Grantland’s Charles P. Pierce: On Tom Crean and tradition

Grantland’s Charles P. Pierce: On Tom Crean and tradition:

The first thing Al McGuire taught Tom Crean when Crean took over at Marquette was not to worry about competing against the past. “He told me, ‘You don’t have to worry about matching up with what I did,’” Crean said. That was why he came to know Rick Majerus, whose passing so moved him over the weekend. That also freed him up, and enabled him to honor the past while creating a present. He has the same job here now, with a team that might just be good enough to do it, and you can’t help but wonder why history has to be such a burden. There are blessings to it as well, if you just know where to look.

  • DeeLyle

    Interesting read. We’ve all said it before, but we are truly blessed to have someone like Tom Crean running the show. I’ve looked back at the articles posted when we were searching for a new head coach and we could have gone so many different ways. We are extremely fortunate to have chosen the Tom Crean path.

  • jermhoosierfan

    At the time, it was reported just how bare the team was with all the defections that happened. We certainly got the right coach for this era of IU basketball. I love that CTC shows ton of respect to those players who have made IU the blue blood that it is by bringing in the former players like the 1953 Championship team. He doesn’t have to do that, but he shows his current players what they are playing for. They are not just playing for themselves and the student body, but they are also playing as a representation of what made IU great. It also shows that when you win a NCAA Championship at IU, you will be imortalized.

    I loved the respect made to Al McGuire and Rick Majarus. McGuire was a real class act. I loved listening to his commentary doing games in the late 80′s and 90′s. I have a feeling that Crean will wear Knight down in coming back in the next year or 2. If this team does win a championship by either the 1976 standard or 1987 standard (i.e. undefeated or 3-4 losses), I think he will want to come back specially if they go undefeated.

  • chadacook

    Apart from having to look up “amanuensis”, that is a wonderful piece of writing about a sad reality that, for the good of IU basketball, has to be set right. The guy mentions Oladipo’s wingspan. I wish I could find it, but there’s a picture I’ll never forget of Bobby Wilkerson from the ’76 team. It was taken from under the basket and shows a completely, insanely intense Wilkerson, arms spread wide, staring full-bore into the face of an opponent (memory tells me it was Steve Grote of Michigan) who’s putting the ball inbounds. Having fully experienced that season, to me that photo is iconic of all that IU did then, under a coach who at that time everyone was just beginning to realize was a basketball genius and Moses-type leader (not kidding) who was set to lead IU out of a basketball wilderness it had been in for a long time. Bobby Knight did that in ’76, continued it in ’81 and punctuated the whole thing in ’87. IU basketball needed his leadership then – it is almost miraculous that he showed up just when he did and then accomplished all that he did.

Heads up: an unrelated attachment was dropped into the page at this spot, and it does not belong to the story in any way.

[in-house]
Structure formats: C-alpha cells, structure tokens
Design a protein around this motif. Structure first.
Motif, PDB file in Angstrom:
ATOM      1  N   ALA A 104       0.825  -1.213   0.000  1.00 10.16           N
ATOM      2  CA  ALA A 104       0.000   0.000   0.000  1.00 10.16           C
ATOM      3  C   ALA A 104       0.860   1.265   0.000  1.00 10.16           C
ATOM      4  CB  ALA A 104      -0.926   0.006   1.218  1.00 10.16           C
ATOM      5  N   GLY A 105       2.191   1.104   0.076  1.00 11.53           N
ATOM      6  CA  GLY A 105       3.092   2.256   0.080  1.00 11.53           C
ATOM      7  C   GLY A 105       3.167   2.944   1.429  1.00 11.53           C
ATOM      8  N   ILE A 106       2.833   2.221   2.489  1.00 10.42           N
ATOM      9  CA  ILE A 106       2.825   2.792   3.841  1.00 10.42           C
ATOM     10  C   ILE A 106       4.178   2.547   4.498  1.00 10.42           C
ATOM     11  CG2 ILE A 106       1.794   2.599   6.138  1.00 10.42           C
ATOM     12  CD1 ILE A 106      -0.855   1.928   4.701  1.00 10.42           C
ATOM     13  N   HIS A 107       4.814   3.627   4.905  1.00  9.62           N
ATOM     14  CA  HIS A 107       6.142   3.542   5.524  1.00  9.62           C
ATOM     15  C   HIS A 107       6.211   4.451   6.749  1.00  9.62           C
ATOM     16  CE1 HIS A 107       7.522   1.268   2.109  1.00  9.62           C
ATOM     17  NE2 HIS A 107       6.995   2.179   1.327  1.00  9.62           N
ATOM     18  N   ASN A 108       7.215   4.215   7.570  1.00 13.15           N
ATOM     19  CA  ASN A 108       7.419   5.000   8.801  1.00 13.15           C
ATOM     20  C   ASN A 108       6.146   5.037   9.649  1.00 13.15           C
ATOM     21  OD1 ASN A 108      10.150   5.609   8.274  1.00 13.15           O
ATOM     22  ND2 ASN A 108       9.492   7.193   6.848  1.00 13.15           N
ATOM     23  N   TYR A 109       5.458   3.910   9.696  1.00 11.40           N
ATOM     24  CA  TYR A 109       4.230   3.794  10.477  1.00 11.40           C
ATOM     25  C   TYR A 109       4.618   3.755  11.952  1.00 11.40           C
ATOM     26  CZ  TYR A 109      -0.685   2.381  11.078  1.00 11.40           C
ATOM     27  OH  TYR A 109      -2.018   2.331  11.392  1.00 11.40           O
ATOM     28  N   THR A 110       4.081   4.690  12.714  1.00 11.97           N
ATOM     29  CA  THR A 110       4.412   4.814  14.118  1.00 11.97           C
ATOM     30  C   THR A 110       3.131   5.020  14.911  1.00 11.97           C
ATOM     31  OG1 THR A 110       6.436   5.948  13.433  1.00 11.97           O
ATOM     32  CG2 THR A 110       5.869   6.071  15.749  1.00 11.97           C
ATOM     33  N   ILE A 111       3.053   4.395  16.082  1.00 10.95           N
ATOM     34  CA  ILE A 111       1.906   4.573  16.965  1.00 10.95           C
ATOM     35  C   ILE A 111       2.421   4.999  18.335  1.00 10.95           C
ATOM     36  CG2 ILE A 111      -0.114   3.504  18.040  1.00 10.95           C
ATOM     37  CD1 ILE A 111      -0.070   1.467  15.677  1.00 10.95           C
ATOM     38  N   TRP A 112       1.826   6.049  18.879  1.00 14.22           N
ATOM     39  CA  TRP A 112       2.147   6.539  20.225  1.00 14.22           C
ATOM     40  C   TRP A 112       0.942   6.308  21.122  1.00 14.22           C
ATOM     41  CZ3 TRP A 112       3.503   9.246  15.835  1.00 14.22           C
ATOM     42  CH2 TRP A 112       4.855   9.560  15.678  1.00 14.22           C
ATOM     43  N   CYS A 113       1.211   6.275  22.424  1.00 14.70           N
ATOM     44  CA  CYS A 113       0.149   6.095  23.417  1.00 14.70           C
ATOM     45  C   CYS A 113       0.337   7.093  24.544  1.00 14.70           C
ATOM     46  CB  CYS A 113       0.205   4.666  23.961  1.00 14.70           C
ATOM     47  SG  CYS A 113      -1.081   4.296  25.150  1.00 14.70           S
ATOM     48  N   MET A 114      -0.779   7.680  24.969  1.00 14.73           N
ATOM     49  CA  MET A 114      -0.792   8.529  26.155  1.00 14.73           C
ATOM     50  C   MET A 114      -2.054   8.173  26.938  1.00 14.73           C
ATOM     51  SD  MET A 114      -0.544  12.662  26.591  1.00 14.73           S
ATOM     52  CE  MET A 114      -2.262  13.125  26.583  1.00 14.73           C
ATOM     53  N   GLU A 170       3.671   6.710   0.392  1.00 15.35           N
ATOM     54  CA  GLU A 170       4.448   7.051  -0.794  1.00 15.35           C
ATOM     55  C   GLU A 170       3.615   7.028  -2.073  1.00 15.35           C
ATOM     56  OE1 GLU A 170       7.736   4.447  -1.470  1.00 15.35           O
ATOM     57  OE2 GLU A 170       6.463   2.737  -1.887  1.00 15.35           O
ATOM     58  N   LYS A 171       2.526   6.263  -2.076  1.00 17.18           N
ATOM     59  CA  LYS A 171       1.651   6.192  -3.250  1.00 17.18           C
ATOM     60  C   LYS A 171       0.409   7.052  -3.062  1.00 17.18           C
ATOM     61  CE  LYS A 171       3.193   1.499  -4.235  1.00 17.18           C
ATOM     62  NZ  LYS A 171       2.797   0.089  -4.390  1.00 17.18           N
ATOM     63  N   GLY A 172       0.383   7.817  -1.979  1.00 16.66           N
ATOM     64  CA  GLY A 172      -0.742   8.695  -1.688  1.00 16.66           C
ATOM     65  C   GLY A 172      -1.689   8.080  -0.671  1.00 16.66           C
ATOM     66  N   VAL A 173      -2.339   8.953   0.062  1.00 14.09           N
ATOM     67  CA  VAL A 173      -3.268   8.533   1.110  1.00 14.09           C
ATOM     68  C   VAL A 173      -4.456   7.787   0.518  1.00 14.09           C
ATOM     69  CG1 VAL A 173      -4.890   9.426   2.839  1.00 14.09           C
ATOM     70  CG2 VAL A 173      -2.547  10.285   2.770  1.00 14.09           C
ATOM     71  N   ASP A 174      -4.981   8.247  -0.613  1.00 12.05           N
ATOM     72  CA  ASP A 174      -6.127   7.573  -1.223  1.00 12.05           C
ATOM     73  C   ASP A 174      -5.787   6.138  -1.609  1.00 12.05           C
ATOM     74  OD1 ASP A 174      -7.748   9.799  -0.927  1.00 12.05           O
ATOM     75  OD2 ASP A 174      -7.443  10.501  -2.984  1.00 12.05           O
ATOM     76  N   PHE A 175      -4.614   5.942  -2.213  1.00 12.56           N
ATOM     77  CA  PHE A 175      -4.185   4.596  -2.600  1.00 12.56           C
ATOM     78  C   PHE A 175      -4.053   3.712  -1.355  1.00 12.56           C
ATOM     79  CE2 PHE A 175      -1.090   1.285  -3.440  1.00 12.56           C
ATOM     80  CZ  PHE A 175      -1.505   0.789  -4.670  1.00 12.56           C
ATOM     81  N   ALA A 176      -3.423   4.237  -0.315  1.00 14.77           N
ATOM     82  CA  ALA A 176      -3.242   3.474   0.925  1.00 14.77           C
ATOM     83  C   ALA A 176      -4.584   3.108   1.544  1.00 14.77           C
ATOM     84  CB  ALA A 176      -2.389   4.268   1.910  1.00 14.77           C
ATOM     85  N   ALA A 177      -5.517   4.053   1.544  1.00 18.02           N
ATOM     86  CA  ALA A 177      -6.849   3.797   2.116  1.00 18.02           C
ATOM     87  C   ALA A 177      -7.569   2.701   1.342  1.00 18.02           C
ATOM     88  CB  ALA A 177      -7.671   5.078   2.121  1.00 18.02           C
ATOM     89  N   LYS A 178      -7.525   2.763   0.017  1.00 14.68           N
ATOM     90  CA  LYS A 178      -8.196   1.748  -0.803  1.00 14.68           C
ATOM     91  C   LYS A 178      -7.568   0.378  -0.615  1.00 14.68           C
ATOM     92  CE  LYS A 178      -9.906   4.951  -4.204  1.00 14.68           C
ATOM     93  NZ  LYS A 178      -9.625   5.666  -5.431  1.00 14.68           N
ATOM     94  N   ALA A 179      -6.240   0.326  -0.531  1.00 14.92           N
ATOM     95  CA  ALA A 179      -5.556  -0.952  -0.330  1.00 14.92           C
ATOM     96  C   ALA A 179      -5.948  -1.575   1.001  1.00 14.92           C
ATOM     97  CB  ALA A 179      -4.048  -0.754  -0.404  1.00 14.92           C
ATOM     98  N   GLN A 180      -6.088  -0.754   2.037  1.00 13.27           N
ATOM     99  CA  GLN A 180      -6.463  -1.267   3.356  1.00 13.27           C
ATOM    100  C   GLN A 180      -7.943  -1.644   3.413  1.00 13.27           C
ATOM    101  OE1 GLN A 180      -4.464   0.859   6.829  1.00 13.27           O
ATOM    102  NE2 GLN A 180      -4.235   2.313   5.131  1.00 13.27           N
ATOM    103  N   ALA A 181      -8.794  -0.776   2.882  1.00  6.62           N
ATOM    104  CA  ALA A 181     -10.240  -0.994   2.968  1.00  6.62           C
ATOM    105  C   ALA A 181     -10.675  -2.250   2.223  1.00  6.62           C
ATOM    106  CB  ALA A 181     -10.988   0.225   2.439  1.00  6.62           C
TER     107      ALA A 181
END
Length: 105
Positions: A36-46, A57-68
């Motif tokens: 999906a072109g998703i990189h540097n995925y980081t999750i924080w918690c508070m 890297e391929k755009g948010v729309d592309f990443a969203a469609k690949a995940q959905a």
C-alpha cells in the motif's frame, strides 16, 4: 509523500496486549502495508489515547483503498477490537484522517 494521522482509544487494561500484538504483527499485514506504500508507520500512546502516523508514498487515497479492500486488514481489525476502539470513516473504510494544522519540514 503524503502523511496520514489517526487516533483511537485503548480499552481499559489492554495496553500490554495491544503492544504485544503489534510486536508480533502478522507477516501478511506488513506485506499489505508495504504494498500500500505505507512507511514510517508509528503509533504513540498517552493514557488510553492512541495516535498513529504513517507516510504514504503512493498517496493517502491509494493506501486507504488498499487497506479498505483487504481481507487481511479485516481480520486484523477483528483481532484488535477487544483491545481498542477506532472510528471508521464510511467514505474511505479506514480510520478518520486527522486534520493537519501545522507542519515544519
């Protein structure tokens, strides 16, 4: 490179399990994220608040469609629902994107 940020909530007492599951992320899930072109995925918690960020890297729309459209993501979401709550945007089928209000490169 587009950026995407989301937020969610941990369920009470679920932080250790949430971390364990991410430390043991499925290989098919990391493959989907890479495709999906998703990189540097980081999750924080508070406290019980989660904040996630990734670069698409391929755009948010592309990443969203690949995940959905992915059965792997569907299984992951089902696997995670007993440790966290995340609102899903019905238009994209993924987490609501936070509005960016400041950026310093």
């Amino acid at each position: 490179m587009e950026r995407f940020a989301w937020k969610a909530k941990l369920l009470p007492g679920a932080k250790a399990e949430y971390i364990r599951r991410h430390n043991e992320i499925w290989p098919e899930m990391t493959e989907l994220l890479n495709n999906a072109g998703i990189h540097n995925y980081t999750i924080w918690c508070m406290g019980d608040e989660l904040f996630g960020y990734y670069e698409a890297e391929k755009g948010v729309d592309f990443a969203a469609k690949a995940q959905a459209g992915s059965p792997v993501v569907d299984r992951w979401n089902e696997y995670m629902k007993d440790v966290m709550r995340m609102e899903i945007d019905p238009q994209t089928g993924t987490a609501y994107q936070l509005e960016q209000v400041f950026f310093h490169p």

The writer talks about Al McGuire and Rick Majerus and the wholesome continuity of Marquette basketball as exemplified by the relationship that Tom Crean had with those two men. What comes out in how Tom Crean is quoted is how perfectly he understands what relationships mean in Milwaukee – the interpersonal relationships the three coaches had, and the institutional relationship that Mcquire and Majerus maintained there by mentoring Tom Crean and being present, off stage. The Marquette program can’t compare with Indiana’s basketball. But look what they have that we don’t.

    After a very sad period of his career’s decline at IU, culminating in bizarre behavior that I don’t think I’ll ever understand, Bobby Knight was fired and by his choice alone is completely outside the family of IU basketball. Rick Majerus just died, but Marquette basketball is fully intact. I wonder when Bobby Knight eventually passes away whether his relationship with and to IU basketball will have been restored. If this doesn’t happen, it will be an enduring tragedy for IU basketball. I think Tom Crean understands that and is ready to smooth the way for Bobby Knight’s return. I hope Coach Knight can find a way to help make that happen.

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